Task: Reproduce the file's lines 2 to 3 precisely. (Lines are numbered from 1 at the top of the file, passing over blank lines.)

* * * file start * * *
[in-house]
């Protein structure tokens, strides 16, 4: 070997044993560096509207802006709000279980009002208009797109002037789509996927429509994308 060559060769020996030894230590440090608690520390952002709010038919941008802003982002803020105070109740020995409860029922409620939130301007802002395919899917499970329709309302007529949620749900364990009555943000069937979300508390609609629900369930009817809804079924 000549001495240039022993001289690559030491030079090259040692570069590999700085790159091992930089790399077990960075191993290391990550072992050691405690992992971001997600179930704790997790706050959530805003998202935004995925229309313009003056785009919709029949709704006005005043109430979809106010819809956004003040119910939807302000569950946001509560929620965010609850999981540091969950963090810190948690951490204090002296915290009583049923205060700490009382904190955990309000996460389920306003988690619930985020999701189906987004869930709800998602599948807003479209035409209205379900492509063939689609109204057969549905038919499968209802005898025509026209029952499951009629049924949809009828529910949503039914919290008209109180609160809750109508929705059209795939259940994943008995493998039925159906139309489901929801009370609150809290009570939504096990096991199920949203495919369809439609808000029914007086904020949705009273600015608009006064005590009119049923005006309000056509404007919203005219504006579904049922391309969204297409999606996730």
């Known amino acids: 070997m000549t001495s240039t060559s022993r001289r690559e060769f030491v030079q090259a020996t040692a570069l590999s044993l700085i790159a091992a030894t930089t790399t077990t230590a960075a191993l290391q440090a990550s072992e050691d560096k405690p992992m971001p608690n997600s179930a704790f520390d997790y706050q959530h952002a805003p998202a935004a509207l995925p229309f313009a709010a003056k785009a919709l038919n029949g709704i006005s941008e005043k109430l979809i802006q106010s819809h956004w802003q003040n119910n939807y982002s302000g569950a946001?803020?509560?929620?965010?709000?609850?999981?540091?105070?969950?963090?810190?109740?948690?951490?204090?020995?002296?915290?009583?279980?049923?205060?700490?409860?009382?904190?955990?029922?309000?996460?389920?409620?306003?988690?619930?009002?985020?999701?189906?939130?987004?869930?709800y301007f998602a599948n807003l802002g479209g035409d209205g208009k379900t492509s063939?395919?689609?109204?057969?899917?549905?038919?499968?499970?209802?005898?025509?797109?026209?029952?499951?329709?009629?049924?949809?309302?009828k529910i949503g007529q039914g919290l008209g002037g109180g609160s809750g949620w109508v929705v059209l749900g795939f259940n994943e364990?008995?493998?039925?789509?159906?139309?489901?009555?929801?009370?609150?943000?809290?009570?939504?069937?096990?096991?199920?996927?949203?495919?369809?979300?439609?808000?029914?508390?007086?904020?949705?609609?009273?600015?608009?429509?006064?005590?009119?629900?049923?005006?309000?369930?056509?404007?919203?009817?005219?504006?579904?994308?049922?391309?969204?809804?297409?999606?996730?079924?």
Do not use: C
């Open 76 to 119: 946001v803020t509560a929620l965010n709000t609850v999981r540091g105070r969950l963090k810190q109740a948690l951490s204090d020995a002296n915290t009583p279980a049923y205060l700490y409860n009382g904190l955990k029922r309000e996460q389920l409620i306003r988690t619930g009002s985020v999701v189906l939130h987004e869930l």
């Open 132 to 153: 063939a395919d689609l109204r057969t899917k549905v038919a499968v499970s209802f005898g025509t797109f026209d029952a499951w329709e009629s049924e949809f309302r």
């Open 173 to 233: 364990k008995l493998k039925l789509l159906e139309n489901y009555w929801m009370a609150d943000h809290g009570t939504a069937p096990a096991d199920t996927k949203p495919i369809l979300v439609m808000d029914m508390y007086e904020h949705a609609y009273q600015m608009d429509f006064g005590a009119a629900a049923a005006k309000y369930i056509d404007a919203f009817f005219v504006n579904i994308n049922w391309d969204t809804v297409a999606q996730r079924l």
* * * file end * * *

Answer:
């Protein structure tokens, strides 16, 4: 070997044993560096509207802006709000279980009002208009797109002037789509996927429509994308 060559060769020996030894230590440090608690520390952002709010038919941008802003982002803020105070109740020995409860029922409620939130301007802002395919899917499970329709309302007529949620749900364990009555943000069937979300508390609609629900369930009817809804079924 000549001495240039022993001289690559030491030079090259040692570069590999700085790159091992930089790399077990960075191993290391990550072992050691405690992992971001997600179930704790997790706050959530805003998202935004995925229309313009003056785009919709029949709704006005005043109430979809106010819809956004003040119910939807302000569950946001509560929620965010609850999981540091969950963090810190948690951490204090002296915290009583049923205060700490009382904190955990309000996460389920306003988690619930985020999701189906987004869930709800998602599948807003479209035409209205379900492509063939689609109204057969549905038919499968209802005898025509026209029952499951009629049924949809009828529910949503039914919290008209109180609160809750109508929705059209795939259940994943008995493998039925159906139309489901929801009370609150809290009570939504096990096991199920949203495919369809439609808000029914007086904020949705009273600015608009006064005590009119049923005006309000056509404007919203005219504006579904049922391309969204297409999606996730």
């Known amino acids: 070997m000549t001495s240039t060559s022993r001289r690559e060769f030491v030079q090259a020996t040692a570069l590999s044993l700085i790159a091992a030894t930089t790399t077990t230590a960075a191993l290391q440090a990550s072992e050691d560096k405690p992992m971001p608690n997600s179930a704790f520390d997790y706050q959530h952002a805003p998202a935004a509207l995925p229309f313009a709010a003056k785009a919709l038919n029949g709704i006005s941008e005043k109430l979809i802006q106010s819809h956004w802003q003040n119910n939807y982002s302000g569950a946001?803020?509560?929620?965010?709000?609850?999981?540091?105070?969950?963090?810190?109740?948690?951490?204090?020995?002296?915290?009583?279980?049923?205060?700490?409860?009382?904190?955990?029922?309000?996460?389920?409620?306003?988690?619930?009002?985020?999701?189906?939130?987004?869930?709800y301007f998602a599948n807003l802002g479209g035409d209205g208009k379900t492509s063939?395919?689609?109204?057969?899917?549905?038919?499968?499970?209802?005898?025509?797109?026209?029952?499951?329709?009629?049924?949809?309302?009828k529910i949503g007529q039914g919290l008209g002037g109180g609160s809750g949620w109508v929705v059209l749900g795939f259940n994943e364990?008995?493998?039925?789509?159906?139309?489901?009555?929801?009370?609150?943000?809290?009570?939504?069937?096990?096991?199920?996927?949203?495919?369809?979300?439609?808000?029914?508390?007086?904020?949705?609609?009273?600015?608009?429509?006064?005590?009119?629900?049923?005006?309000?369930?056509?404007?919203?009817?005219?504006?579904?994308?049922?391309?969204?809804?297409?999606?996730?079924?």